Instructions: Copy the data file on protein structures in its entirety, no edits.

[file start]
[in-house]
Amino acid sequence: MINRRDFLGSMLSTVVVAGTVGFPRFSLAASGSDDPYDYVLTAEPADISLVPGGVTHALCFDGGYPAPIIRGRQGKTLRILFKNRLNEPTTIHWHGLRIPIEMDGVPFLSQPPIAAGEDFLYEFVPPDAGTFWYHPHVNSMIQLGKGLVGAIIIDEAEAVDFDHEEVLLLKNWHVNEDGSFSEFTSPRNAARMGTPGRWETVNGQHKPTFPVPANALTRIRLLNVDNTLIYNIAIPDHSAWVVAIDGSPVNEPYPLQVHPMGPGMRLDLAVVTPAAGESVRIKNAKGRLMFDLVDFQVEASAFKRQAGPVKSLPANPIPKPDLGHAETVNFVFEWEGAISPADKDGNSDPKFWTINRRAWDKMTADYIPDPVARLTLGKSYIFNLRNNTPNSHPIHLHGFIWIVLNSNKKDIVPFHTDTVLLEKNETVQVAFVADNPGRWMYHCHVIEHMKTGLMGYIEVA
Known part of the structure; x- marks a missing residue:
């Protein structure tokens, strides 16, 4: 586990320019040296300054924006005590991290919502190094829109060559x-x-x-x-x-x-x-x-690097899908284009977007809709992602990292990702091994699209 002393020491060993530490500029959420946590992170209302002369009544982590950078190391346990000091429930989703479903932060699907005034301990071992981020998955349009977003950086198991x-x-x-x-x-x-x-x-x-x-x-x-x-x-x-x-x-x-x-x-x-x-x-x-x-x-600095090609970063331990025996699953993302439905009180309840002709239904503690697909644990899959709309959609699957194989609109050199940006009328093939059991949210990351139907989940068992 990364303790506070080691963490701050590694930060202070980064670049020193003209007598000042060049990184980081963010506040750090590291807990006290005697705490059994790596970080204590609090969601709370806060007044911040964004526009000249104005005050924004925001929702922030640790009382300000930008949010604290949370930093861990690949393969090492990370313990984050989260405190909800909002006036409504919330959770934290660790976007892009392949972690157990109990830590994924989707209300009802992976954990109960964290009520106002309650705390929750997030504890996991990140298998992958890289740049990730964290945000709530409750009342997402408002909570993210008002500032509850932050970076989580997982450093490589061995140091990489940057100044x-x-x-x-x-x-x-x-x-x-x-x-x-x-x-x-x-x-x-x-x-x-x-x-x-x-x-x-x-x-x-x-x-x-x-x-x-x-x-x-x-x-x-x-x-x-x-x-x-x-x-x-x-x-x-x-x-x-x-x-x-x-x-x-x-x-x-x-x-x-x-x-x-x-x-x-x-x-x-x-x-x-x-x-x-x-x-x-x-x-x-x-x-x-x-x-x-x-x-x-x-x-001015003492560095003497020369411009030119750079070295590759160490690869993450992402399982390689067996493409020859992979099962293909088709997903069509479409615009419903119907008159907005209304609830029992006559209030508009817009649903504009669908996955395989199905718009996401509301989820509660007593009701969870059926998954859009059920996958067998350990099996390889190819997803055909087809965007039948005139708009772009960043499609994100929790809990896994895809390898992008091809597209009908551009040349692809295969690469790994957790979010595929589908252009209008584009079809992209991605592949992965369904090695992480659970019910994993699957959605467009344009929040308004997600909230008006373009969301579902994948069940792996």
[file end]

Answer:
[in-house]
Amino acid sequence: MINRRDFLGSMLSTVVVAGTVGFPRFSLAASGSDDPYDYVLTAEPADISLVPGGVTHALCFDGGYPAPIIRGRQGKTLRILFKNRLNEPTTIHWHGLRIPIEMDGVPFLSQPPIAAGEDFLYEFVPPDAGTFWYHPHVNSMIQLGKGLVGAIIIDEAEAVDFDHEEVLLLKNWHVNEDGSFSEFTSPRNAARMGTPGRWETVNGQHKPTFPVPANALTRIRLLNVDNTLIYNIAIPDHSAWVVAIDGSPVNEPYPLQVHPMGPGMRLDLAVVTPAAGESVRIKNAKGRLMFDLVDFQVEASAFKRQAGPVKSLPANPIPKPDLGHAETVNFVFEWEGAISPADKDGNSDPKFWTINRRAWDKMTADYIPDPVARLTLGKSYIFNLRNNTPNSHPIHLHGFIWIVLNSNKKDIVPFHTDTVLLEKNETVQVAFVADNPGRWMYHCHVIEHMKTGLMGYIEVA
Known part of the structure; x- marks a missing residue:
């Protein structure tokens, strides 16, 4: 586990320019040296300054924006005590991290919502190094829109060559x-x-x-x-x-x-x-x-690097899908284009977007809709992602990292990702091994699209 002393020491060993530490500029959420946590992170209302002369009544982590950078190391346990000091429930989703479903932060699907005034301990071992981020998955349009977003950086198991x-x-x-x-x-x-x-x-x-x-x-x-x-x-x-x-x-x-x-x-x-x-x-x-x-x-600095090609970063331990025996699953993302439905009180309840002709239904503690697909644990899959709309959609699957194989609109050199940006009328093939059991949210990351139907989940068992 990364303790506070080691963490701050590694930060202070980064670049020193003209007598000042060049990184980081963010506040750090590291807990006290005697705490059994790596970080204590609090969601709370806060007044911040964004526009000249104005005050924004925001929702922030640790009382300000930008949010604290949370930093861990690949393969090492990370313990984050989260405190909800909002006036409504919330959770934290660790976007892009392949972690157990109990830590994924989707209300009802992976954990109960964290009520106002309650705390929750997030504890996991990140298998992958890289740049990730964290945000709530409750009342997402408002909570993210008002500032509850932050970076989580997982450093490589061995140091990489940057100044x-x-x-x-x-x-x-x-x-x-x-x-x-x-x-x-x-x-x-x-x-x-x-x-x-x-x-x-x-x-x-x-x-x-x-x-x-x-x-x-x-x-x-x-x-x-x-x-x-x-x-x-x-x-x-x-x-x-x-x-x-x-x-x-x-x-x-x-x-x-x-x-x-x-x-x-x-x-x-x-x-x-x-x-x-x-x-x-x-x-x-x-x-x-x-x-x-x-x-x-x-x-001015003492560095003497020369411009030119750079070295590759160490690869993450992402399982390689067996493409020859992979099962293909088709997903069509479409615009419903119907008159907005209304609830029992006559209030508009817009649903504009669908996955395989199905718009996401509301989820509660007593009701969870059926998954859009059920996958067998350990099996390889190819997803055909087809965007039948005139708009772009960043499609994100929790809990896994895809390898992008091809597209009908551009040349692809295969690469790994957790979010595929589908252009209008584009079809992209991605592949992965369904090695992480659970019910994993699957959605467009344009929040308004997600909230008006373009969301579902994948069940792996």